On “Mysteries,” Part 1

15 October 2018 Comments Off on On “Mysteries,” Part 1


This is the first installment in a four-part series on Knut Hamsun’s novel “Mysteries.”
Having read Hamsun’s “Mysteries,” I am trapped in a delicious state of complete cluelessness as to what has happened to me. The novel is fabulously mad and esoteric, with a balanced, measured way of walking through the narrative that makes all its shadowed surrealities seem as sensible as anything else.
“Mysteries” describes the many lives of a young stranger who has come to a small fishing town in northern Norway. This stranger, Johan Nagel, mixes with the townspeople to relate stories of his eccentric past, along with making forceful and spontaneous assertions regarding the desires, personalities and inner conflicts of his companions. He falls in obsessive love with Dagny Kielland, who is already engaged to someone else, and in an indecipherable state of heart proposes to an older spinster, who eventually refuses him. Getting increasingly confused, struck only by patches of mental clarity in which he becomes convinced as to his darkened fate, Nagel tries to kill himself to no avail in two mystic sequences, before he finally succeeds in drowning. The last scene in the book shows the spinster Martha Gude and Dagny walking over black ice together, holding onto each other, continuing a light and disjointed conversation that for a moment touches upon Nagel as if with the slightest of remorse.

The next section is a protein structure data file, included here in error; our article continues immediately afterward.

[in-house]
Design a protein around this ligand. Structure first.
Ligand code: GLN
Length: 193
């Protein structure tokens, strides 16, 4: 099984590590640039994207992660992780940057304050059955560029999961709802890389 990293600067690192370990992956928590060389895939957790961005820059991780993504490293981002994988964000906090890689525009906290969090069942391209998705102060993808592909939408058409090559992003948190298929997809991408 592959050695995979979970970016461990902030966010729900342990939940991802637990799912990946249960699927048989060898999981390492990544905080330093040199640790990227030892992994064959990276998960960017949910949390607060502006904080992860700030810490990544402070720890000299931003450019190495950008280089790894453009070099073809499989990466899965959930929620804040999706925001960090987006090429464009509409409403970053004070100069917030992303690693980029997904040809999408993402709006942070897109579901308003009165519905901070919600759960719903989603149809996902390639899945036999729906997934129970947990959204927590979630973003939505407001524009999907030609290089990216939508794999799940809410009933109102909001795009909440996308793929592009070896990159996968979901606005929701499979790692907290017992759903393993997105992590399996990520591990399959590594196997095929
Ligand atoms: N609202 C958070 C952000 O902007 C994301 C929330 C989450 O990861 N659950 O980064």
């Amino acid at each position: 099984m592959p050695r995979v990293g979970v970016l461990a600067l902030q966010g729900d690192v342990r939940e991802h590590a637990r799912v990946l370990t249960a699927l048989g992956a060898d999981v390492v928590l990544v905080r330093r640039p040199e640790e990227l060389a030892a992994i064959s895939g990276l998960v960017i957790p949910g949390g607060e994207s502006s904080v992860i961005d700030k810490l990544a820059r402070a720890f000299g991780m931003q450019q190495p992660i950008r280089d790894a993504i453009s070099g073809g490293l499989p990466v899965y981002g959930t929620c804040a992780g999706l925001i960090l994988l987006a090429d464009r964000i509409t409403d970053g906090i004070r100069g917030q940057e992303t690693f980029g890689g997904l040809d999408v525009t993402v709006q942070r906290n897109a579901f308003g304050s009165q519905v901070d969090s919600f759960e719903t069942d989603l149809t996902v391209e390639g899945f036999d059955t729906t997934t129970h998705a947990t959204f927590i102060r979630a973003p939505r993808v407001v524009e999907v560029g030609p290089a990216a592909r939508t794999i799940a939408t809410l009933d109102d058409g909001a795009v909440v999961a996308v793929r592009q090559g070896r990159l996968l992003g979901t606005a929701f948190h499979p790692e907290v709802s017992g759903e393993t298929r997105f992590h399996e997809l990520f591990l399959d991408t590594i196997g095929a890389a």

Nagel is the pivot of the story, the principal mystery: we know less about him than any other character, and not for lack of discussion – he bares himself compulsively, repeatedly, in various ways to everyone he speaks with, relays anecdotes and insecurities and admissions of deception, and it is precisely this continuous disinformation that bewilders the reader. We never know what he’s planning, what he’s thinking, why he says what he says; we are absolutely confounded as to whether Nagel is genuine in his feelings – even though he explains everything in exhaustive detail – because he contradicts himself within a paragraph, a sentence, throughout the entire novel. Yet the long sequences of his inner speaking carry distinct and secretive gems of the collective human experience, with the casual, graceful tact of one who has always known, and who will never combat what he knows except with the great, impertinent instinct of the child; Nagel’s recurrent rebellion is death. “Over there, for instance, sticking out of my waistcoat pocket is the neck of a vial. It contains ‘medicine’ – prussic acid…But why do I carry it around, and why did I get it in the first place? Hypocrisy again, nothing but a sham; the decadence, phoniness, self-adulation, and snobbery of our times! To hell with all of it!” The vial of acid is as critical a symbol in the book as Nagel’s lifesaver’s medal, which to Dagny he claims to have stolen, telling her that he agonizes over his own lowly deception, while to himself he admits in this same passage, “I earned it honestly, as they say. One plays around with all kinds of things like saving people’s lives.” Later, his companion Grøgaard replaces the vial of acid with water, thwarting Nagel’s suicide attempt; Nagel is furious with him afterward, for the same thing he has done to someone else: he saves a person from drowning to get his medal, and it is by drowning that he eventually manages to die. He meets his end not as he has brought on that of another – of a dog he kills to get to Dagny – but as he has saved a complete stranger. In this way Nagel makes out another fundamental truth: the long trill of life is inviolate. In ironic counterpoint, his ambiguous good deed is compensated for by his unambiguous bad one. But his longevity hints at a more basic, more mysterious fact: as long as Nagel is abstract – as long as he is “a stranger, alien to this world, a stubborn manifestation of God” – he cannot be killed. Death is to him a relief, an implacable comfort: “He would finally get out of it all – end it! Would he ever be capable of carrying it off? Yes, by God, he wouldn’t falter! He felt euphoric at the idea of having this escape hatch in reserve….” It is to him a comfort on a par with complete spiritual knowledge and with life: “A tremor of ecstasy ran through him. He felt himself carried away and engulfed by the magic rays of the sun. The stillness filled him with an intoxicating sense of well-being…the only sound was a soft murmur from above, the hum of the universal machinery – God turning his treadmill.” It is this sort of living that Nagel thrums with, that he cries for, this same irrepressible form of love.